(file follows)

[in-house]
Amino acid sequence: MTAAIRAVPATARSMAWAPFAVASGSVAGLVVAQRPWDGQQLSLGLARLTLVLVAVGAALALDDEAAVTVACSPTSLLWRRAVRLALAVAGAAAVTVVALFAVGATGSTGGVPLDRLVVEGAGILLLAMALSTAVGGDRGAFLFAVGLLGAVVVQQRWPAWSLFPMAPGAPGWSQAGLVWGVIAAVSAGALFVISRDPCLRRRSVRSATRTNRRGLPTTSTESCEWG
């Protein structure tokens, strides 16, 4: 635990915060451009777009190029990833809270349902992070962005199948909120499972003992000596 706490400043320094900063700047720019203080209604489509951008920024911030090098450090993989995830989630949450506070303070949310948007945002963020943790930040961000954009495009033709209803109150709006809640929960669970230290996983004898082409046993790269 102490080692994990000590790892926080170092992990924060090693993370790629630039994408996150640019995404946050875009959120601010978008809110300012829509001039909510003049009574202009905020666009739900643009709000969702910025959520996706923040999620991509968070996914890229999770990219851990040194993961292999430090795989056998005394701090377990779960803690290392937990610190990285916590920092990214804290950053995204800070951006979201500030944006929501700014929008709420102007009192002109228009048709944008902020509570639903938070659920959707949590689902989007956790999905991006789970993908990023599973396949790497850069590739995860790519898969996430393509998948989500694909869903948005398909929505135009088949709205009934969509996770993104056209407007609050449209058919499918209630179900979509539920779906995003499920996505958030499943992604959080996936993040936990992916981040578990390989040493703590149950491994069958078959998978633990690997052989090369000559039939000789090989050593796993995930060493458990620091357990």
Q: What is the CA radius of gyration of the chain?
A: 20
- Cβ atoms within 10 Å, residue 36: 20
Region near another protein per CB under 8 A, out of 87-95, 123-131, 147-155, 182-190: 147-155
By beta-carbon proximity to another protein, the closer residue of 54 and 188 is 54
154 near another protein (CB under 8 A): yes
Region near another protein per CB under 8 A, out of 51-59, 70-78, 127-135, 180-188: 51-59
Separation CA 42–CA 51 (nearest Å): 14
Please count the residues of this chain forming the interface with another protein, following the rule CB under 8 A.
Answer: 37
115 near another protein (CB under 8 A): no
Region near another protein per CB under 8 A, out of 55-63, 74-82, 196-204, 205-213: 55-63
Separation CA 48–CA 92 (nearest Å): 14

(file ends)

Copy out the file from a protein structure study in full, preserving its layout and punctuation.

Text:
[in-house]
Amino acid sequence: MTAAIRAVPATARSMAWAPFAVASGSVAGLVVAQRPWDGQQLSLGLARLTLVLVAVGAALALDDEAAVTVACSPTSLLWRRAVRLALAVAGAAAVTVVALFAVGATGSTGGVPLDRLVVEGAGILLLAMALSTAVGGDRGAFLFAVGLLGAVVVQQRWPAWSLFPMAPGAPGWSQAGLVWGVIAAVSAGALFVISRDPCLRRRSVRSATRTNRRGLPTTSTESCEWG
């Protein structure tokens, strides 16, 4: 635990915060451009777009190029990833809270349902992070962005199948909120499972003992000596 706490400043320094900063700047720019203080209604489509951008920024911030090098450090993989995830989630949450506070303070949310948007945002963020943790930040961000954009495009033709209803109150709006809640929960669970230290996983004898082409046993790269 102490080692994990000590790892926080170092992990924060090693993370790629630039994408996150640019995404946050875009959120601010978008809110300012829509001039909510003049009574202009905020666009739900643009709000969702910025959520996706923040999620991509968070996914890229999770990219851990040194993961292999430090795989056998005394701090377990779960803690290392937990610190990285916590920092990214804290950053995204800070951006979201500030944006929501700014929008709420102007009192002109228009048709944008902020509570639903938070659920959707949590689902989007956790999905991006789970993908990023599973396949790497850069590739995860790519898969996430393509998948989500694909869903948005398909929505135009088949709205009934969509996770993104056209407007609050449209058919499918209630179900979509539920779906995003499920996505958030499943992604959080996936993040936990992916981040578990390989040493703590149950491994069958078959998978633990690997052989090369000559039939000789090989050593796993995930060493458990620091357990």
Q: What is the CA radius of gyration of the chain?
A: 20
- Cβ atoms within 10 Å, residue 36: 20
Region near another protein per CB under 8 A, out of 87-95, 123-131, 147-155, 182-190: 147-155
By beta-carbon proximity to another protein, the closer residue of 54 and 188 is 54
154 near another protein (CB under 8 A): yes
Region near another protein per CB under 8 A, out of 51-59, 70-78, 127-135, 180-188: 51-59
Separation CA 42–CA 51 (nearest Å): 14
Please count the residues of this chain forming the interface with another protein, following the rule CB under 8 A.
Answer: 37
115 near another protein (CB under 8 A): no
Region near another protein per CB under 8 A, out of 55-63, 74-82, 196-204, 205-213: 55-63
Separation CA 48–CA 92 (nearest Å): 14